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Local Poets Aim to Raise Awareness About Border Crisis

Poetry enthusiasts and immigration activists will converge on the American Poetry Museum next week in support of the arts and migrant families during a public poetry reading touted as Writers for Migrant Justice.

Organizers of the Sept. 4 event said it will shed light on the untold number of immigrant families that have struggled to remain intact at the U.S.-Mexico border.

Writers for Migrant Justice will align with more than 40 similar gatherings across the United States. Funds raised at these public readings will aid activists in their legal support of those affected by the Trump administration’s immigration policy that has separated migrant families and confined thousands of children to border detention camps.

“I believe when you come for one of us, you come for all of us,” said Daria-Ann Martineau, a poet from Trinidad and Tobago and organizer of the local Writers for Migrant Justice poetry reading. On Sept. 4, she’ll introduce her audience to the stylings of Derrick Weston Brown, Doritt Caroll and other locally acclaimed poets.

Martineau, a D.C. resident for 12 years, said that poetry has allowed her to reflect on her heritage and exchange perspectives with others. Writers for Migrant Justice will follow a 2018 writing workshop she hosted, in conjunction with Split This Rock, for immigrant and first-generation American poets. Martineau has also worked with DC SCORES, where her students, many of whom came from Spanish-speaking families, often broached the subject of immigration.

“[Trump’s immigration policy] is an attack on anyone who’s not a white European,” Martineau said. “We can all care because it affects us. The specific detention of migrant families at the border is horrifying. What else is there to say? It shouldn’t have ever happened, especially for the children who died from the lack of care in the facilities.”

Last week, the Trump administration announced its replacement of policy that limited the amount of time immigrant children could spend in detention facilities and established minimum standards for detaining families. President Donald Trump (R) told reporters that the changes, along with the impending border wall would further deter families fleeing violence in Central America from attempting to enter the United States.

The plan, pending federal court approval, has drawn criticism from the American Civil Liberties Union and other groups. The latest move falls in line with what has been described as Trump’s white nationalist-centered policy, focused heavily on curbing nonwhite immigration.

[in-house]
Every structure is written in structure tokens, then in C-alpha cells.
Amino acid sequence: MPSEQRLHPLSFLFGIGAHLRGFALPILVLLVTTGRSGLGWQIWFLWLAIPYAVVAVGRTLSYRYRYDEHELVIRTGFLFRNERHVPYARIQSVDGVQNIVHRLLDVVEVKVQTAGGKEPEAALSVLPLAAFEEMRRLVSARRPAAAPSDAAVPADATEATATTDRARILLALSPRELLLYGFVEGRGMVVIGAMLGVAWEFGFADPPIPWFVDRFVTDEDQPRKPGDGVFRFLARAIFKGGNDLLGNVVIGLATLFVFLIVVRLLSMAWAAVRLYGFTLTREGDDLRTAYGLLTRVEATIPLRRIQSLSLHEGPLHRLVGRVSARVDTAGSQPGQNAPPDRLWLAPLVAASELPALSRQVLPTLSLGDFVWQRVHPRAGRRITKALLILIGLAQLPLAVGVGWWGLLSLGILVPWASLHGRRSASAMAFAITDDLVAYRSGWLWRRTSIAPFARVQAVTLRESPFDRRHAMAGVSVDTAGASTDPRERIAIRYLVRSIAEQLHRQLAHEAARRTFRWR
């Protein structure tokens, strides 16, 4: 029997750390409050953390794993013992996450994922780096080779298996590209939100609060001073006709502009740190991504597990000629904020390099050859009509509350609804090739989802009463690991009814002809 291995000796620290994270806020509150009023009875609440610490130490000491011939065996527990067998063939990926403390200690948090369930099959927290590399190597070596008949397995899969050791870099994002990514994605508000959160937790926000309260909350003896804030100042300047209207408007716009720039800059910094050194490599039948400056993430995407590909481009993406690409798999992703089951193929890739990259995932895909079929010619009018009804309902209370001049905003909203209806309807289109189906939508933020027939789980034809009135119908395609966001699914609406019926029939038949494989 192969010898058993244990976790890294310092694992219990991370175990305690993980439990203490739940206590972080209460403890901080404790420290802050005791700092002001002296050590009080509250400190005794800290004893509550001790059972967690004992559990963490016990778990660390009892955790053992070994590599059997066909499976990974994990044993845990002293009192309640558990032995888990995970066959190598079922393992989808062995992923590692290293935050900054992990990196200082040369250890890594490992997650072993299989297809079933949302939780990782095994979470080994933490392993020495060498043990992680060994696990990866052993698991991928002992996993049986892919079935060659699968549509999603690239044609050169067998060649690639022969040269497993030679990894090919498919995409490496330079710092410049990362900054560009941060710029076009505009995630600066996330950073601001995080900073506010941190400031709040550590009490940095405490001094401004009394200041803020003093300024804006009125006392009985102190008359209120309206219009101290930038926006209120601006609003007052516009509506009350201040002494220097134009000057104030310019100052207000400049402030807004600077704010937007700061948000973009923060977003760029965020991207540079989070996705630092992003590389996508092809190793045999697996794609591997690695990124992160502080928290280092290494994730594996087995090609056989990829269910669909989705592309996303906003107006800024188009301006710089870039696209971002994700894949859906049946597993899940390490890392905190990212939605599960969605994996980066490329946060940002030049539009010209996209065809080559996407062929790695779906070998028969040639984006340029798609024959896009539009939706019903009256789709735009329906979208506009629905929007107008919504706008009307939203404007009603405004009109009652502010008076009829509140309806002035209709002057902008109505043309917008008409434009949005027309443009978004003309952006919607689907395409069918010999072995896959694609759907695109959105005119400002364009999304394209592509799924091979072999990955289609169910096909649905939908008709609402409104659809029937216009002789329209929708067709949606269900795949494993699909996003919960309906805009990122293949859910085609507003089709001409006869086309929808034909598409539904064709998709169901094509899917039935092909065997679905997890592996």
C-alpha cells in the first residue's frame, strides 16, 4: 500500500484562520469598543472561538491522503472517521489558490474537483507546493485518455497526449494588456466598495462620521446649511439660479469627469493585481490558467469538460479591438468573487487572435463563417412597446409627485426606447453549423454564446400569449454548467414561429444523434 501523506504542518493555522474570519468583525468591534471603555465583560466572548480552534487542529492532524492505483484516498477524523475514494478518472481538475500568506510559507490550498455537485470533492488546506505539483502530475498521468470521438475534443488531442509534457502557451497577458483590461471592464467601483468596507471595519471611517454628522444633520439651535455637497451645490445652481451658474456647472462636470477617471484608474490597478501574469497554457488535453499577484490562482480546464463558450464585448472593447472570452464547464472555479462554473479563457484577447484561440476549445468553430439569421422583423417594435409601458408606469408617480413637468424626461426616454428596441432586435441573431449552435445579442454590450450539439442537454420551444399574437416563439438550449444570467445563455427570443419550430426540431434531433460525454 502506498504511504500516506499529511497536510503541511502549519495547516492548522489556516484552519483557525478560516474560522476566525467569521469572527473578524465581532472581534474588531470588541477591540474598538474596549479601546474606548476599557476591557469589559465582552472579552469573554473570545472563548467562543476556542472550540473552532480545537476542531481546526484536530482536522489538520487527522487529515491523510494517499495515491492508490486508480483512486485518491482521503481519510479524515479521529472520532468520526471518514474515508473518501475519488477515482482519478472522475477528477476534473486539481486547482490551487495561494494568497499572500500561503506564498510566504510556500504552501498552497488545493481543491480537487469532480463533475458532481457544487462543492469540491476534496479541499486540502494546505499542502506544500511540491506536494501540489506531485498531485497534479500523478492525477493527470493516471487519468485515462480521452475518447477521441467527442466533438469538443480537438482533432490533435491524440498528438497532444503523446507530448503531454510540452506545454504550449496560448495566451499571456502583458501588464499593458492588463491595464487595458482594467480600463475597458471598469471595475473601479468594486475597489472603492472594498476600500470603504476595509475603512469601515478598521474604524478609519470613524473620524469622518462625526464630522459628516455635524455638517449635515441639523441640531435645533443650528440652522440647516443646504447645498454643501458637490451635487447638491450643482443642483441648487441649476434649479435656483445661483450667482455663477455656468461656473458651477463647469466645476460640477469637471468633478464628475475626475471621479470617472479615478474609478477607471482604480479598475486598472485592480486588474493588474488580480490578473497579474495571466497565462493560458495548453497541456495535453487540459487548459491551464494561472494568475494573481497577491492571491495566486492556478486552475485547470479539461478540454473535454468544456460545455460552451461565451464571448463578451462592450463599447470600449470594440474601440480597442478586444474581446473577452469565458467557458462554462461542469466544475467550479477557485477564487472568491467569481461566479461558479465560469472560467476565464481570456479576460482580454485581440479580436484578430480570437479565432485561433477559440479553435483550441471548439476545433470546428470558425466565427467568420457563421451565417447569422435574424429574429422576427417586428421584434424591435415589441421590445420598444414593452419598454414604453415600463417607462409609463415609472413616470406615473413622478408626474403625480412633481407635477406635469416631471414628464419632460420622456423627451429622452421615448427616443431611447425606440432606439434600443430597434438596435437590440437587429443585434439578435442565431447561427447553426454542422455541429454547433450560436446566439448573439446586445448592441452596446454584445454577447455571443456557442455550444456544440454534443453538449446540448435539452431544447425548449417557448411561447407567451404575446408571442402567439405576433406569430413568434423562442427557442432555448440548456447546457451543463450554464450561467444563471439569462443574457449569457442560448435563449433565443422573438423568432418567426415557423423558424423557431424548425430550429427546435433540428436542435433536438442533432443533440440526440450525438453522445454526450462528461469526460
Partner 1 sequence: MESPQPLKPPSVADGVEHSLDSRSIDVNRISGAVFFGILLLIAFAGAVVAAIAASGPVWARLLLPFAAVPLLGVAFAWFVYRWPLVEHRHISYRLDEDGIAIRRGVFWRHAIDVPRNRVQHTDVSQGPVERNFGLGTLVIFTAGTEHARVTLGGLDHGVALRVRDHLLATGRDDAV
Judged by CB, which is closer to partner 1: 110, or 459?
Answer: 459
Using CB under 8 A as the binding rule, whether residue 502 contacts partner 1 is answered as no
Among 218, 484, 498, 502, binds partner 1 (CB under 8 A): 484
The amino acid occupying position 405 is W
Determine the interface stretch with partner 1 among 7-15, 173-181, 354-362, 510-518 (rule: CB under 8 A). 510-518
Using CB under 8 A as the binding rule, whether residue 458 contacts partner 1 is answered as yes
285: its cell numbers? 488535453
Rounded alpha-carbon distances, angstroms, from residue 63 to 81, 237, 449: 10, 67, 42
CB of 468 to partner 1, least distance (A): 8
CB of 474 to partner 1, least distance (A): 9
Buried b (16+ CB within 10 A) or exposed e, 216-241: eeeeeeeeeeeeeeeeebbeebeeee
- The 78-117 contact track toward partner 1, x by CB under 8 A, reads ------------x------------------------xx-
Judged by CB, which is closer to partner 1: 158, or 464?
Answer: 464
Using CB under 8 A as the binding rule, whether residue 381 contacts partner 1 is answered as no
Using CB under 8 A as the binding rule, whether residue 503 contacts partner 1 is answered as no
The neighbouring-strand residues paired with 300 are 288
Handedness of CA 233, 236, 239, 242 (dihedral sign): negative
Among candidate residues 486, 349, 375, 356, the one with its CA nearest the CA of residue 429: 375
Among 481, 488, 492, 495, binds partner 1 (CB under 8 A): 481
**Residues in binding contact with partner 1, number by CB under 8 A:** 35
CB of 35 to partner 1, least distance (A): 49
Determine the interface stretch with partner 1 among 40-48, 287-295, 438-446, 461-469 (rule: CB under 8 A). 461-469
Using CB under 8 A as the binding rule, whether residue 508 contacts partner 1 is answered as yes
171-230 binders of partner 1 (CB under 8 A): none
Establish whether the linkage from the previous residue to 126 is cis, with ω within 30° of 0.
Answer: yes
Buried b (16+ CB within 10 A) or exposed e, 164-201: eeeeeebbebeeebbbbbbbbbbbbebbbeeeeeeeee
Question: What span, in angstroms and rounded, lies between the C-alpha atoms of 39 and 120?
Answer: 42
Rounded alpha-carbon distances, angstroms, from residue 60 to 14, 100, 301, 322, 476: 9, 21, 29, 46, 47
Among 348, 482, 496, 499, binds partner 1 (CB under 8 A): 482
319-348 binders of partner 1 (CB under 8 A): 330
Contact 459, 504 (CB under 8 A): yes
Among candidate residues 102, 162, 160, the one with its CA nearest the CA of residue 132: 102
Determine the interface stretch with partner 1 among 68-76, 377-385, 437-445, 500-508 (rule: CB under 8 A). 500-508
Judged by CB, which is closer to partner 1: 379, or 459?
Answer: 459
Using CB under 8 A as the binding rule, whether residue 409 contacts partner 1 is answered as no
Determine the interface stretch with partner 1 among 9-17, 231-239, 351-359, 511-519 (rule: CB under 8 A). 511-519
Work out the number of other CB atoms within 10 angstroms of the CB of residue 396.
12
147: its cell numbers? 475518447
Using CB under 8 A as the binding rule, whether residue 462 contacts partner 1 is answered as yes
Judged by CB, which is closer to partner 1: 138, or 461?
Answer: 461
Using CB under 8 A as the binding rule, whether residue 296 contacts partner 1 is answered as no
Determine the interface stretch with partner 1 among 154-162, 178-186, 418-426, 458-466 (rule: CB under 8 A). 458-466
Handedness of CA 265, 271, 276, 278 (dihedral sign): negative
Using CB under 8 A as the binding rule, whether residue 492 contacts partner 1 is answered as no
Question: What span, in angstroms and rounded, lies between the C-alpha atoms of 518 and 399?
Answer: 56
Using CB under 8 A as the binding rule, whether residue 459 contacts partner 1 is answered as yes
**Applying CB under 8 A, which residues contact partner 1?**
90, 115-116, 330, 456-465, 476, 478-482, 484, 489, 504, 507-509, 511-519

Upon his entry into the Oval Office in 2017, Trump banned people from eight majority-Muslim nations from entering the United States, increased the arrest of unauthorized immigrants on U.S. soil, canceled the Deferred Action for Childhood Arrivals (DACA) program for illegal immigrants brought to the U.S. as children and ended the designation of Temporary Protected Status for Haitian, Nicaraguan and Sudanese nationals.

During that time, nationalist sentiments have grown among U.S. voters, including a contingent of African Americans who designate themselves as American descendants of slavery, or ADOS. This group’s organizing strategy for reparations and other policy solutions prioritizes the needs of descendants of enslaved Africans over that of other marginalized groups.

However, Derrick Weston Brown, a prolific poet and educator and one of nine readers at Writers for Migrant Justice, contends that Black Americans and immigrants can find common ground in their constant search for a better life.

He noted that after the end of chattel slavery, many people of African descent, including members of Brown’s family, left the South in search of economic opportunity in the northern and western parts of the U.S. Brown said his family, like other African Americans, also suffered from Jim Crow laws and other legislation that limited their movements in their new urban enclaves.

For him, touching on these sensitive subjects through poetry helps bridge what he described as a well-orchestrated divide between groups of oppressed people.

“The best way to keep someone in an abusive relationship and make them do what you want is to keep them separated from other people. said Brown, a native of Charlotte, N.C. who lives in Mt. Rainier, Maryland. “You get played into this one set of understanding.

“With slavery and such, it’s been an abusive relationship with Black people and the United States,” he said. “Black people have a line to draw in order to protect themselves and can’t find that intersection. [But] understanding happens when people get a different picture. In poetry and creative writing, I find those stories across the board where people cross borders.”

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